A few months have passed, and before you know it, it is summer time. You’ve installed all the ceiling fans and window coverings, done some painting, and one day you noticed your landscape isn’t looking so good. Your plants have grown, but all of a sudden they’re discoloring, starting to wilt and look a bit stressed. You don’t know what’s wrong. You received this card from your builder listing all of the sub contractors that worked on your house, and way at the bottom the landscape company is listed. You give them a call and set up an appointment for a representative to come out to your house for an evaluation.

The first thing you are asked is, “Have you adjusted your time clock?” And your response is, “No, was I supposed to?” The answer is “yes”! And the reason why reflects a basic standard that applies in most irrigation scenarios. As your landscape trees and shrubs grow, as your lawn begins to mature, all require more water but less often. As plants grow, they develop larger and deeper root systems. The size of young plants’ root systems is equivalent to the size of the container they came out of. As they’re planted, their roots begin to develop and grow into the native soil. Light, frequent waters were okay after initial planting. But as plants grow, in order to get the water to where it’s needed, more water needs to be applied, but less frequently. Their roots are deeper, so the soil around those roots takes longer to dry out.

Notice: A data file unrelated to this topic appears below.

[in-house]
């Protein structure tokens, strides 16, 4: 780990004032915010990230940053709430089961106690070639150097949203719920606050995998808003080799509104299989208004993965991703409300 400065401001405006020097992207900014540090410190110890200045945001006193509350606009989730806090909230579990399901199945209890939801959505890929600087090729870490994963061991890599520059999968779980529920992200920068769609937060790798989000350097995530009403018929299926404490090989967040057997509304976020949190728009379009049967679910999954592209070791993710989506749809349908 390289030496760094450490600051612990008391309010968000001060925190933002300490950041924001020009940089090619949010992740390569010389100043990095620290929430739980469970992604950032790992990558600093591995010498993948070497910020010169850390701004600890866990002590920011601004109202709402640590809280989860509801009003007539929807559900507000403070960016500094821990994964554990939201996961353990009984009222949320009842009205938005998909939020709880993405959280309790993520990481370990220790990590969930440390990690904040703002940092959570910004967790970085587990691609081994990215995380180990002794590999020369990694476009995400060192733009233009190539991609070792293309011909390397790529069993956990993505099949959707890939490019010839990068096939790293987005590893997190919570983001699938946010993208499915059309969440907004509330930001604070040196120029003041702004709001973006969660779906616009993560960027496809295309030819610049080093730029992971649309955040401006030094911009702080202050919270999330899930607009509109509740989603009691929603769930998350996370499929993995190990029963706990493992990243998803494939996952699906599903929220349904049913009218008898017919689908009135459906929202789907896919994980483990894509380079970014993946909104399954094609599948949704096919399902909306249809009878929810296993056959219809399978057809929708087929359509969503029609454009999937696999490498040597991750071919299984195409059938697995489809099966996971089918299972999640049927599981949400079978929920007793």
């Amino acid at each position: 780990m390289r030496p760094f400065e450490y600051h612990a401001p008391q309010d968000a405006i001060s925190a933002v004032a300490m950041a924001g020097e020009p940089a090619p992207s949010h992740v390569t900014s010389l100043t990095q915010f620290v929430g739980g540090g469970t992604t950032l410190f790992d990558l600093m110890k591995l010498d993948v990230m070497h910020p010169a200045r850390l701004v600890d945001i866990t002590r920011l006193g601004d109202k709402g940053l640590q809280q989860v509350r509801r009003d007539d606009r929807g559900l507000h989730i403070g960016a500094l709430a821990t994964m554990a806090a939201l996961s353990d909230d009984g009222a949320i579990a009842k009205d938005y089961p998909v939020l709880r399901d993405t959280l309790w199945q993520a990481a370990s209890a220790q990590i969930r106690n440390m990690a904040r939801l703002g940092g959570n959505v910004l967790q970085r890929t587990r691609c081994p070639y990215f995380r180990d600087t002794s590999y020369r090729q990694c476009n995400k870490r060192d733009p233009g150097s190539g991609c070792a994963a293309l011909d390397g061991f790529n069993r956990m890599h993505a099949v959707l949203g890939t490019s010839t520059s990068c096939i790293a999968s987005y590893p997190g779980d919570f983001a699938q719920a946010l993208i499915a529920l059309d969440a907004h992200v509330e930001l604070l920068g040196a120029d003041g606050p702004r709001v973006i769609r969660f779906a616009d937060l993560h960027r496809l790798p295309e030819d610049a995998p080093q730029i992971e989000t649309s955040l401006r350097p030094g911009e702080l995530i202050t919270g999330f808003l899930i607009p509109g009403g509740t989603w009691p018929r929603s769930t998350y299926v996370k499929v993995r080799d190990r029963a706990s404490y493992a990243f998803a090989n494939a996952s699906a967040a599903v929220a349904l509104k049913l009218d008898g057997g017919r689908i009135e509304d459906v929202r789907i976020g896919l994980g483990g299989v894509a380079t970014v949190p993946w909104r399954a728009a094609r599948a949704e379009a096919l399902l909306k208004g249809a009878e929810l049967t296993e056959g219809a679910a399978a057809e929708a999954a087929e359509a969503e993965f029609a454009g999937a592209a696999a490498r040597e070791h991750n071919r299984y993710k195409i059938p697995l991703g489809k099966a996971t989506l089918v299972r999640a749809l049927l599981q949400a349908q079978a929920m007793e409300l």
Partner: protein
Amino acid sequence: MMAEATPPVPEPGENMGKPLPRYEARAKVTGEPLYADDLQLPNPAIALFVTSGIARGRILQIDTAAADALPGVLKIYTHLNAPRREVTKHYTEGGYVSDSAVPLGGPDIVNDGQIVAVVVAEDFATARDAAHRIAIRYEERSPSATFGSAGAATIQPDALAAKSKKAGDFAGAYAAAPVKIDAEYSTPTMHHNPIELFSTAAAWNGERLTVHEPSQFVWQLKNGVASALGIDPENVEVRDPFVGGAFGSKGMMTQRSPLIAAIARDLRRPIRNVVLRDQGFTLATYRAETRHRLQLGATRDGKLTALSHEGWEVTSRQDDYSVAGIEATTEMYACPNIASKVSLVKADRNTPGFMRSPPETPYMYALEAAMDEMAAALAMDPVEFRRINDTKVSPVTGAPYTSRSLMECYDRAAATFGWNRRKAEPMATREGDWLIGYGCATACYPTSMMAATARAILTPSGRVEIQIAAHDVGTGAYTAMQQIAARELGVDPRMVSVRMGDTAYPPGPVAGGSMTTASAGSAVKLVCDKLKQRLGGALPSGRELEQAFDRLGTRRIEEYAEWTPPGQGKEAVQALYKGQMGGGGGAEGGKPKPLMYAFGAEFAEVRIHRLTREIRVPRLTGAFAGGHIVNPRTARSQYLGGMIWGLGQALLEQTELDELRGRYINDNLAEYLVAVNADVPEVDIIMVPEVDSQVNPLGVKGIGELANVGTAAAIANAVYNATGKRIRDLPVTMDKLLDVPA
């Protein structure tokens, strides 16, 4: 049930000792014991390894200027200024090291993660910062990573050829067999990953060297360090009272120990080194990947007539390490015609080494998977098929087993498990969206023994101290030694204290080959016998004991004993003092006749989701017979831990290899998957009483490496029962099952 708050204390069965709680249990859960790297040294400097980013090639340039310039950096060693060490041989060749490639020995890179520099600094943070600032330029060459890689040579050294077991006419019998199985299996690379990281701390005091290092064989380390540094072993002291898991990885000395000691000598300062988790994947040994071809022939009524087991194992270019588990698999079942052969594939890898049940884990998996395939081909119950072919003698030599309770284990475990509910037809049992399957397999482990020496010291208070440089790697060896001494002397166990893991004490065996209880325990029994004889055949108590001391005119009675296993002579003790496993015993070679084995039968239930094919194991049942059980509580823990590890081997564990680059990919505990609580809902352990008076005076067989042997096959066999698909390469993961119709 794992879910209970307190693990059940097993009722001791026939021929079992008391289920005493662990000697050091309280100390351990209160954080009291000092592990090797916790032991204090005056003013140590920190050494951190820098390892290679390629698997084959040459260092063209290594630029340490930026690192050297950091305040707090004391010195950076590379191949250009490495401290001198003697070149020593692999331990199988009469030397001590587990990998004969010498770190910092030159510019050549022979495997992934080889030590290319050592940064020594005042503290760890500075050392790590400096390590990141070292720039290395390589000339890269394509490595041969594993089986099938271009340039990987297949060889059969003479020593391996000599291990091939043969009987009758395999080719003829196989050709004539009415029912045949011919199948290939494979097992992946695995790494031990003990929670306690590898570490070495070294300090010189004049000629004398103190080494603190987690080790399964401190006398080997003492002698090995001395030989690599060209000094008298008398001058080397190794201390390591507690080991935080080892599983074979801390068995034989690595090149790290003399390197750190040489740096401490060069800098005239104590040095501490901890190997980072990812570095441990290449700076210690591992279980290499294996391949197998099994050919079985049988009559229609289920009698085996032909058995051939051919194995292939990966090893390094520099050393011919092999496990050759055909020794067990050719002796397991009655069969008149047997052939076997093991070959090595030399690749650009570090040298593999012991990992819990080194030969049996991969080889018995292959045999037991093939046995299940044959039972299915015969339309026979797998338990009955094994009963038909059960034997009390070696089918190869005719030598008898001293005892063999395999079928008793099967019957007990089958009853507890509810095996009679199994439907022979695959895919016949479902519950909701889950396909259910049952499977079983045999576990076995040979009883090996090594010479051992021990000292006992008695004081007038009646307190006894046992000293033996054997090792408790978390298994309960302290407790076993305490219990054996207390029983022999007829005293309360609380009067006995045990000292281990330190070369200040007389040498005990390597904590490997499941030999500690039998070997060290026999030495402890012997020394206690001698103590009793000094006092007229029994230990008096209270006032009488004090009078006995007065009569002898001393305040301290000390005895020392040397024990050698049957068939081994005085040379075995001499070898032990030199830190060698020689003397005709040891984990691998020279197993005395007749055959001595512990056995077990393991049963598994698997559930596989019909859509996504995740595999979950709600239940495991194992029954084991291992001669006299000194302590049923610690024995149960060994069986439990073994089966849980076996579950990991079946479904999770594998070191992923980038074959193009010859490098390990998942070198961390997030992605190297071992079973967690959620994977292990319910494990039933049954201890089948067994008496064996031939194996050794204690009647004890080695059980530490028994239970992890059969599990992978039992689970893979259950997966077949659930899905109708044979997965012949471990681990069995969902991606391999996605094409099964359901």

For more information and for answers to all YOUR Landscape, Garden and Home Improvement questions, please visit our website,